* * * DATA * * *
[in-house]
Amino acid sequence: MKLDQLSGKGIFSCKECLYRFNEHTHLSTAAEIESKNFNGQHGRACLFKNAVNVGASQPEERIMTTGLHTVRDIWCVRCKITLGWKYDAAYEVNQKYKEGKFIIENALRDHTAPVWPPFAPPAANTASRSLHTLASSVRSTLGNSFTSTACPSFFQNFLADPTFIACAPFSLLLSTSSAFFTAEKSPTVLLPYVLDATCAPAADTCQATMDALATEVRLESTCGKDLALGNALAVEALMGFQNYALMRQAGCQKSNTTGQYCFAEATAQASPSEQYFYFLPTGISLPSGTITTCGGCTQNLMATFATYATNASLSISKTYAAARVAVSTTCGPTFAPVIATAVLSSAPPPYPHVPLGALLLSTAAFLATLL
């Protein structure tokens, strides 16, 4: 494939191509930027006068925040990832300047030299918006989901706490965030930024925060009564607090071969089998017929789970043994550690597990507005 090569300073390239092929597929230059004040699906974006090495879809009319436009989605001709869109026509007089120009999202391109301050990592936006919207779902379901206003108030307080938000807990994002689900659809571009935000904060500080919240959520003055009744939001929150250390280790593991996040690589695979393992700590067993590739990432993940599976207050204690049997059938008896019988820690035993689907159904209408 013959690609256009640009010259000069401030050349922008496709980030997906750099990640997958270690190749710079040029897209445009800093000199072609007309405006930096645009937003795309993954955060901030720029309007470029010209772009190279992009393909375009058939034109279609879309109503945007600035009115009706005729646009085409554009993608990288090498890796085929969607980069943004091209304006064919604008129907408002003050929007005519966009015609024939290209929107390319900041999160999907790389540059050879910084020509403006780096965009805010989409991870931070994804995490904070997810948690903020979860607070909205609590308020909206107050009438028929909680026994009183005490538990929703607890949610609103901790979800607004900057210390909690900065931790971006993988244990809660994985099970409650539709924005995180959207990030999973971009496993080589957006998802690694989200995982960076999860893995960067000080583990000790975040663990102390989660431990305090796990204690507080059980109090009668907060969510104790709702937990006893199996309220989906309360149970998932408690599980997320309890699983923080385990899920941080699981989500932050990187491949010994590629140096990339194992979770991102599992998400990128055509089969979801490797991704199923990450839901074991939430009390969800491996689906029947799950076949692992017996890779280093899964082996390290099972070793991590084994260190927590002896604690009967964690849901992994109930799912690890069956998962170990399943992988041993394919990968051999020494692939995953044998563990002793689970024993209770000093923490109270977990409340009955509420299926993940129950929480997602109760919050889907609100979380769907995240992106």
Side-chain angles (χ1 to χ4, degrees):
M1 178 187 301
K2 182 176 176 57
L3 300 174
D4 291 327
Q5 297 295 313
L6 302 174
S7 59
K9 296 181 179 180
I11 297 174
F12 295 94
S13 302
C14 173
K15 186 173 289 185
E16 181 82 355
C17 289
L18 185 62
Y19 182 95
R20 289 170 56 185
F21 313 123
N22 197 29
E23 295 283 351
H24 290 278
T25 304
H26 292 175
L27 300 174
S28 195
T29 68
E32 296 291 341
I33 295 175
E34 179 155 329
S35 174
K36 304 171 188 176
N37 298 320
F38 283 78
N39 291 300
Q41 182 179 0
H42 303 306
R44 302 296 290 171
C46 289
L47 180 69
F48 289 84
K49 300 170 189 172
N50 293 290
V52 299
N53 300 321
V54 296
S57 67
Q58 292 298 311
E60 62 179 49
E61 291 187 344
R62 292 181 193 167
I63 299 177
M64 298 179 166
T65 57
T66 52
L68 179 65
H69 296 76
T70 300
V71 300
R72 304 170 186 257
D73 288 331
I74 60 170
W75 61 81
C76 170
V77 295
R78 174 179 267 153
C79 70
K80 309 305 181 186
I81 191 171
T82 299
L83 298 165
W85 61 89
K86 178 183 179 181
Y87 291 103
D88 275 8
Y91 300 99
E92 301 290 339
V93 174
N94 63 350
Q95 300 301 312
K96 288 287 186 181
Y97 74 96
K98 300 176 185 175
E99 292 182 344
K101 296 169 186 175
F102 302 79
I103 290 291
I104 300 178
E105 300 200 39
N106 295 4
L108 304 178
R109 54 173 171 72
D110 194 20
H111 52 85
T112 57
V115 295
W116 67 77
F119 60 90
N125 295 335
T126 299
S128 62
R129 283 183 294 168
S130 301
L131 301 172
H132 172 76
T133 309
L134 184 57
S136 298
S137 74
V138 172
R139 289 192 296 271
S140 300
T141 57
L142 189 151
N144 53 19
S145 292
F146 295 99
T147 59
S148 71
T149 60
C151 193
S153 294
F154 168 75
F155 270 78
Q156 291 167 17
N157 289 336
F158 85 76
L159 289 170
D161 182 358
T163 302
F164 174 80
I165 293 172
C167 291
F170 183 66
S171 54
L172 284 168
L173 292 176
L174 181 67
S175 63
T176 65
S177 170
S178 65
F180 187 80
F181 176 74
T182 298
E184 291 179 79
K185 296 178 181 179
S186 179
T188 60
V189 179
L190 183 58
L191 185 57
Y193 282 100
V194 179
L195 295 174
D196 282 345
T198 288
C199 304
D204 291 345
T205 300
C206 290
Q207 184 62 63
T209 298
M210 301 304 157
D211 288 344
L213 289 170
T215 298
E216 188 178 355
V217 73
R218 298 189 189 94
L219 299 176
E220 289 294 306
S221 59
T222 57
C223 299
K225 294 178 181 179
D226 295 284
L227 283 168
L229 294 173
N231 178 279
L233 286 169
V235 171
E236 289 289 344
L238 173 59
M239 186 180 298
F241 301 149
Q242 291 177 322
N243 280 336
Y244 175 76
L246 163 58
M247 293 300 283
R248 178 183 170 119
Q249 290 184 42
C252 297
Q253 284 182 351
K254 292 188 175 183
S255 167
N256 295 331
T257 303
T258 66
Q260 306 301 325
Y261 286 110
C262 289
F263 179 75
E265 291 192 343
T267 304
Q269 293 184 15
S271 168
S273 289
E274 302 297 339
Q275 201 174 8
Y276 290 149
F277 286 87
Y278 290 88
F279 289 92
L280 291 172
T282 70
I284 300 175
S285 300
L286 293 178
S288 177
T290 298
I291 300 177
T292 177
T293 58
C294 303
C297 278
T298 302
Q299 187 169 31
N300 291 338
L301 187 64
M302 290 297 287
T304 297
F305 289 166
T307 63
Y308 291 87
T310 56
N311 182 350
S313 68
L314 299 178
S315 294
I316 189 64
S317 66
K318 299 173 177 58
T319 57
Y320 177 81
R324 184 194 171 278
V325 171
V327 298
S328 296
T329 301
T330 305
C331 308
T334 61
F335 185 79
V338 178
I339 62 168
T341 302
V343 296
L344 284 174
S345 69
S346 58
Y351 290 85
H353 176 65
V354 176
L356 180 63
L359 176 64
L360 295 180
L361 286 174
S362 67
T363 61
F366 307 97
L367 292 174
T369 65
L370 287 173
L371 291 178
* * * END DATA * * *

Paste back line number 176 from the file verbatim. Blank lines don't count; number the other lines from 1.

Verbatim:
E220 289 294 306